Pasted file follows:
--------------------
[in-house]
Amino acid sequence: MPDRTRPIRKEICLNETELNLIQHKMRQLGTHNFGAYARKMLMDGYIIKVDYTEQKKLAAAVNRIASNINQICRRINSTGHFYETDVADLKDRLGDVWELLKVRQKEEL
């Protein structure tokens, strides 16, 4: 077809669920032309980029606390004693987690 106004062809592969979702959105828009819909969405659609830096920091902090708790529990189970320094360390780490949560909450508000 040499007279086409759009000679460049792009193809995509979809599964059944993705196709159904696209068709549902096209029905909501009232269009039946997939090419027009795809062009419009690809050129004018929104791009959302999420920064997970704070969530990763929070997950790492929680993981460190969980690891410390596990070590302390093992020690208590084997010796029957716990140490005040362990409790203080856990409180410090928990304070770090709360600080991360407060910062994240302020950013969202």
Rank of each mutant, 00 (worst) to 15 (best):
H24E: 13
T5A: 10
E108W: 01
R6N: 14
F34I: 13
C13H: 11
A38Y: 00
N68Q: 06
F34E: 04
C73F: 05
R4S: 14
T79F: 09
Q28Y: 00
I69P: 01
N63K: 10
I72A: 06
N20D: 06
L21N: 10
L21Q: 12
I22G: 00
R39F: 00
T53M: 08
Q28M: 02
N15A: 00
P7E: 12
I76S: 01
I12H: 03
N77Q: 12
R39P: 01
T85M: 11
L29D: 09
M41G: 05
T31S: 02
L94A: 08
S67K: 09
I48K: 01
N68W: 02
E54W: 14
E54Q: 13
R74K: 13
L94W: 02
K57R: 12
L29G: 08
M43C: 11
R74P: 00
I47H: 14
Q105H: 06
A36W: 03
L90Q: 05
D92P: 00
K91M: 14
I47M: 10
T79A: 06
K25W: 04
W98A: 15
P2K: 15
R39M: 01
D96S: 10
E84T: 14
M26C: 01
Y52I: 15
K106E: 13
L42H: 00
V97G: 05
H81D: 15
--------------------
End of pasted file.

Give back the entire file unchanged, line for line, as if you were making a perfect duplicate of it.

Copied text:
[in-house]
Amino acid sequence: MPDRTRPIRKEICLNETELNLIQHKMRQLGTHNFGAYARKMLMDGYIIKVDYTEQKKLAAAVNRIASNINQICRRINSTGHFYETDVADLKDRLGDVWELLKVRQKEEL
């Protein structure tokens, strides 16, 4: 077809669920032309980029606390004693987690 106004062809592969979702959105828009819909969405659609830096920091902090708790529990189970320094360390780490949560909450508000 040499007279086409759009000679460049792009193809995509979809599964059944993705196709159904696209068709549902096209029905909501009232269009039946997939090419027009795809062009419009690809050129004018929104791009959302999420920064997970704070969530990763929070997950790492929680993981460190969980690891410390596990070590302390093992020690208590084997010796029957716990140490005040362990409790203080856990409180410090928990304070770090709360600080991360407060910062994240302020950013969202």
Rank of each mutant, 00 (worst) to 15 (best):
H24E: 13
T5A: 10
E108W: 01
R6N: 14
F34I: 13
C13H: 11
A38Y: 00
N68Q: 06
F34E: 04
C73F: 05
R4S: 14
T79F: 09
Q28Y: 00
I69P: 01
N63K: 10
I72A: 06
N20D: 06
L21N: 10
L21Q: 12
I22G: 00
R39F: 00
T53M: 08
Q28M: 02
N15A: 00
P7E: 12
I76S: 01
I12H: 03
N77Q: 12
R39P: 01
T85M: 11
L29D: 09
M41G: 05
T31S: 02
L94A: 08
S67K: 09
I48K: 01
N68W: 02
E54W: 14
E54Q: 13
R74K: 13
L94W: 02
K57R: 12
L29G: 08
M43C: 11
R74P: 00
I47H: 14
Q105H: 06
A36W: 03
L90Q: 05
D92P: 00
K91M: 14
I47M: 10
T79A: 06
K25W: 04
W98A: 15
P2K: 15
R39M: 01
D96S: 10
E84T: 14
M26C: 01
Y52I: 15
K106E: 13
L42H: 00
V97G: 05
H81D: 15